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Economic Theory and Global Warming
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  • Page extent: 288 pages
  • Size: 228 x 152 mm
  • Weight: 0.61 kg

Library of Congress

  • Dewey number: 363.738/74
  • Dewey version: 21
  • LC Classification: HC79.A4 U93 2003
  • LC Subject headings:
    • Air--Pollution--Economic aspects
    • Global warming--Mathematical models
    • Equilibrium (Economics)
    • Economics, Mathematical

Library of Congress Record


 (ISBN-13: 9780521823869 | ISBN-10: 0521823862)

In this book, Professor Uzawa modifies and extends the theoretical premises of orthodox economic theory to those broad enough to be capable of analyzing the phenomena related to environmental disequilibrium, particularly global warming, and of finding institutional arrangements and policy measures that may bring about a more optimal state where natural and institutional components are harmoniously blended. He constructs a theoretical framework in which three major problems concerning global environmental issues may effectively be addressed. First, all phenomena involved with global environmental issues exhibit externalities of one kind or another. Secondly, global environmental issues involve international and intergenerational equity and justice. Thirdly, global environmental issues concern the management of the atmosphere, the oceans, water, soil, and other natural resources that have to be decided by a consensus of all affected countries.

• Author is one of the leading economic theorists of the past 40 years • Known recently for role in global warming, here extends economic theory to cover the phenomenon and how to address it • For upper-level undergraduates and above; analysis balances theory, institutions, and policy


1. Global warming and carbon taxes; 2. Pareto-optimality and social optimum; 3. Global warming and tradeable emission permits; 4. Global warming - dynamic analysis; 5. Dynamic optimality and sustainability; 6. Global warming and forests - an alternative approach; 7. Global warming as a cooperative game.


'The brilliant economic theorist, Hirofumi Uzawa, has shown in this book the usefulness of sophisticated economic theory in the analysis of the very important and very practical problem of global climate change. He has studied such varied concepts as the optimal levels of tradeable permits and carbon taxes for the optimization of economic activity when account is taken of the effects of climate change. He has gone further to study the dynamic paths that have to be taken to best distribute the costs and gains between the present and the future as well as across countries. Finally, he has contributed a very original analysis of the process of bargaining about climate change among different countries. The book is a remarkable combination of close understanding of the climatic problem and original development of new and appropriate economic theory.' Kenneth Arrow, Stanford University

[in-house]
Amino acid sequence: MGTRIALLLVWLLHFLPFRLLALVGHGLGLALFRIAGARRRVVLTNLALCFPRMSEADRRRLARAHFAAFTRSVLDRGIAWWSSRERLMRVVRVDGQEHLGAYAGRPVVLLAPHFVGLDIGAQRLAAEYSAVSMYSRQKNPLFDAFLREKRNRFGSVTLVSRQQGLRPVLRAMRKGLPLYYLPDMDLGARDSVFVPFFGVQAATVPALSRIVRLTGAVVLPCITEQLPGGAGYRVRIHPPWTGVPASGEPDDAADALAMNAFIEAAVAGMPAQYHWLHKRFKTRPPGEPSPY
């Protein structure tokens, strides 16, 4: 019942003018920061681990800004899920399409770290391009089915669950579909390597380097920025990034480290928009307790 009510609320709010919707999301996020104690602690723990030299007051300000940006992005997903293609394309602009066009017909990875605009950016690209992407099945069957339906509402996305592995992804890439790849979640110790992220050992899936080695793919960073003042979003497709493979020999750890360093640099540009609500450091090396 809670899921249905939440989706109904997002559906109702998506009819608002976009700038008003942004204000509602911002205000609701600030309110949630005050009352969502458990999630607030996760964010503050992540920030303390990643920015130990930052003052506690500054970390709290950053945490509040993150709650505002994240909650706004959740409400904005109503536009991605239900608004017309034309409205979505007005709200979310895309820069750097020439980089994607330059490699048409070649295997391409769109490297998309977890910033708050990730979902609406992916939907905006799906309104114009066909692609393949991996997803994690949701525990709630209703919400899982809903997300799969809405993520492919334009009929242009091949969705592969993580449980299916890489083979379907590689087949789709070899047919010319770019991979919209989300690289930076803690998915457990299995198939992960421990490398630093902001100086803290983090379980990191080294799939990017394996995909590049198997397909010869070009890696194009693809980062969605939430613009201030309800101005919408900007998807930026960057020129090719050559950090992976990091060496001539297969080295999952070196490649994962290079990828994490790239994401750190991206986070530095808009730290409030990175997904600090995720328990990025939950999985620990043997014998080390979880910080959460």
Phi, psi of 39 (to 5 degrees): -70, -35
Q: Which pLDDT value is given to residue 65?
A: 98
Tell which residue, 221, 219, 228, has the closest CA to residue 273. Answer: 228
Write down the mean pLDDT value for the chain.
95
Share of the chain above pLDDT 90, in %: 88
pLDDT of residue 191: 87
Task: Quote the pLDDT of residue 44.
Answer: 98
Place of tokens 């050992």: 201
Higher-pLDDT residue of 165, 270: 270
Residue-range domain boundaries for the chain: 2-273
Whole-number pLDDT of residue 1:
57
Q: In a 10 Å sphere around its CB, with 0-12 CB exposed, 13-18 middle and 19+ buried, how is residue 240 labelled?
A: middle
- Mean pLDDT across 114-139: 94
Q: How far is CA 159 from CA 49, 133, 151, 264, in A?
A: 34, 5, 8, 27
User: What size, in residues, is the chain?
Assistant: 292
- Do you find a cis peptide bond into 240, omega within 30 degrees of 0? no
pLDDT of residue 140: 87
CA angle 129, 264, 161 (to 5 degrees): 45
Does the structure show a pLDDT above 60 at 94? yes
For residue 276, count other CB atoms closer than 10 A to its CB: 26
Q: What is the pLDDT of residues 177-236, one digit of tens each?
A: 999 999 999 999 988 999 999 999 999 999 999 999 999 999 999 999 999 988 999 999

'This is a far-reaching work on the foundations of the economics for global public goods. The clarity of exposition, the depth and breadth of reach, allied to the sheer elegance of the analysis undertaken in it by Professor Uzawa, are what we have come to expect from one of the noblest and most acute social scientists of our time.' Sir Partha Dasgupta, University of Cambridge

'This long-awaited book by one of the leading economic theorists of the last century sheds new light on one of the most significant and least tractable environmental problems of our times, climate change. Not every feature of the problem is addressed, but what is covered is vintage Uzawa. The deferential (Nash) equilibrium and the core of the cooperative game between major sources of greenhouse gases are characterized with a rigour that many will find deeply satisfying. Not for the first time, an initiative by the Royal Swedish Academy of Science's Beijer Institute has strengthened the foundations of environmental economics everywhere.' Charles Perrings, University of York

'Global climate change presents important challenges and interesting problems for economic theory and empirical policy analysis, because of climate change's massive scale, long time horizon, and fundamental uncertainty. There is no one better equipped to write a book on the relationship between economic theory and global warming than Hirofumi Uzawa, the distinguished theorist from the University of Tokyo. This book will advance discussions among economists and become a standard reference for the profession.' Robert Stavins, Harvard University

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